Friday, 23 July 2010

Exploiting graded readers

I am a huge fan of the OUP Reading Tree series, because it offers so many 'angles of attack'. Not just an interesting read, with familiar characters and cool illustrations, but very subtle recycling of vocabulary and sensible progression of grammatical structures.

Students love the stories because silly things happen, and in not too many pages! I love them because a happy reader is a learner on the loose!

Reading (and listening to the narration) is an 'at home' extra to regular classes, but things often tie in nicely with a classroom task - today our JHS girls were trying to distinguish the different sounds of a "final s" - voiced /z/ or unvoiced /s/.

Listening was one tack. Reading aloud and holding fingers gently across our throats was a second - fingers feel a vibration, then your voice is 'working'. If no vibration, then it's just wind between your teeth, isn't it?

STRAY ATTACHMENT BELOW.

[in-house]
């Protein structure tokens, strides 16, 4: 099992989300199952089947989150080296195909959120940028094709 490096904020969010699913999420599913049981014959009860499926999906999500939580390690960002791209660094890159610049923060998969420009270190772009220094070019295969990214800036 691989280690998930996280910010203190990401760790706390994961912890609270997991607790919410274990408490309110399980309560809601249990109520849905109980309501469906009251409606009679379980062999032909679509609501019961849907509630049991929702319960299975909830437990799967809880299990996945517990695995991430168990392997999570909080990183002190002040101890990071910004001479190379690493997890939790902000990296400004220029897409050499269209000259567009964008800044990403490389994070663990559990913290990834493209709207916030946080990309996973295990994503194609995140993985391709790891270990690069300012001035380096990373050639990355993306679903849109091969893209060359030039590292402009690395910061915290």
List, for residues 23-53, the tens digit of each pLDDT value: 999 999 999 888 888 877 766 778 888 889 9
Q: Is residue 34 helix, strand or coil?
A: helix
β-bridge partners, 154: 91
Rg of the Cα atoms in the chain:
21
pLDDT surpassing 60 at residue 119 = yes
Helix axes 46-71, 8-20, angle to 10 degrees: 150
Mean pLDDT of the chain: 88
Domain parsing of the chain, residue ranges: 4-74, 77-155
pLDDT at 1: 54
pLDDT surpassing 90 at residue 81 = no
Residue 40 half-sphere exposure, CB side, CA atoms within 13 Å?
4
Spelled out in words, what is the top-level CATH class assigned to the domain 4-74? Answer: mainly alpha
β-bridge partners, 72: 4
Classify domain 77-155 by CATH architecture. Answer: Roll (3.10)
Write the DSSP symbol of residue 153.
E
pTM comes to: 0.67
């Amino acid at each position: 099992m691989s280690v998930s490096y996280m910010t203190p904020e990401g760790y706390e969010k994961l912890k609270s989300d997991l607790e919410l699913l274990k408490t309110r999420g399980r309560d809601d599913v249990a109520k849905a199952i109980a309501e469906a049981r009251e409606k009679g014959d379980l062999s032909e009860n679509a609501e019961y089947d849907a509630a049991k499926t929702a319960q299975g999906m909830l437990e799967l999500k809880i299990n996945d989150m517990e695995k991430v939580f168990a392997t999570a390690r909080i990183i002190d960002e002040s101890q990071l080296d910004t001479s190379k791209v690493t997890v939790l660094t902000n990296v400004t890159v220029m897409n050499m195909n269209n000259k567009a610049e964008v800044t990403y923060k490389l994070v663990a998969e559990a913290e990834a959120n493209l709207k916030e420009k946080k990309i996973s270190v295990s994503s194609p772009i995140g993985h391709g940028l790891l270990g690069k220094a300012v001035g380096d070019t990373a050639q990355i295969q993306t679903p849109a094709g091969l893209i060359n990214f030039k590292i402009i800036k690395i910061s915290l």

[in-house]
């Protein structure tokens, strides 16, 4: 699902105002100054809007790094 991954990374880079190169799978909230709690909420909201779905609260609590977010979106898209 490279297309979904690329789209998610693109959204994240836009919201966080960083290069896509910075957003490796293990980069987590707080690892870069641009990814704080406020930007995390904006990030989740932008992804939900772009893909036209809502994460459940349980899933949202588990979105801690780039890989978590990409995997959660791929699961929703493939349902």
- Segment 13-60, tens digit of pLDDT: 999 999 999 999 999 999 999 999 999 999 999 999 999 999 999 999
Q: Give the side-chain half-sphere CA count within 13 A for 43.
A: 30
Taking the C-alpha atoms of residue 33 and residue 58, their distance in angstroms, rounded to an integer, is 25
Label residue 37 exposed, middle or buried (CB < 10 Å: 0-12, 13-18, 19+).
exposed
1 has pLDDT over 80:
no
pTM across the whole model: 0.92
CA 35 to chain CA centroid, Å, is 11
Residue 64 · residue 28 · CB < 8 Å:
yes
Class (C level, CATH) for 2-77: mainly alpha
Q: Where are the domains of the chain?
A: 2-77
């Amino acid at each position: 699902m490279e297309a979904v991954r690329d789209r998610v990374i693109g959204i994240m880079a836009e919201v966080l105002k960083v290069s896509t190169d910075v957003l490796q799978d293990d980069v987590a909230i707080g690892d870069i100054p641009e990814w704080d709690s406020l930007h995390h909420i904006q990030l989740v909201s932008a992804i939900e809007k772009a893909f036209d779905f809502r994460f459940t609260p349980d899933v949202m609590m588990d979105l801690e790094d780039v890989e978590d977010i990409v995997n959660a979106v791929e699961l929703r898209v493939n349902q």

Green series "A new house" was just right; lots of final s. As a group, the class read the story with two colour pencils at the ready (pink & blue to match the coding in their textbook). The story itself was irrelevant! Pouncing on words with an s on the end and pronouncing it clearly until I nodded (they modeled the sounds to each other, experimenting/testing until it sounded right).

Trial & error breeds confidence when students self-identify patterns or rules, and will listen to each other's intuition before any teacher's voice 'goes in'.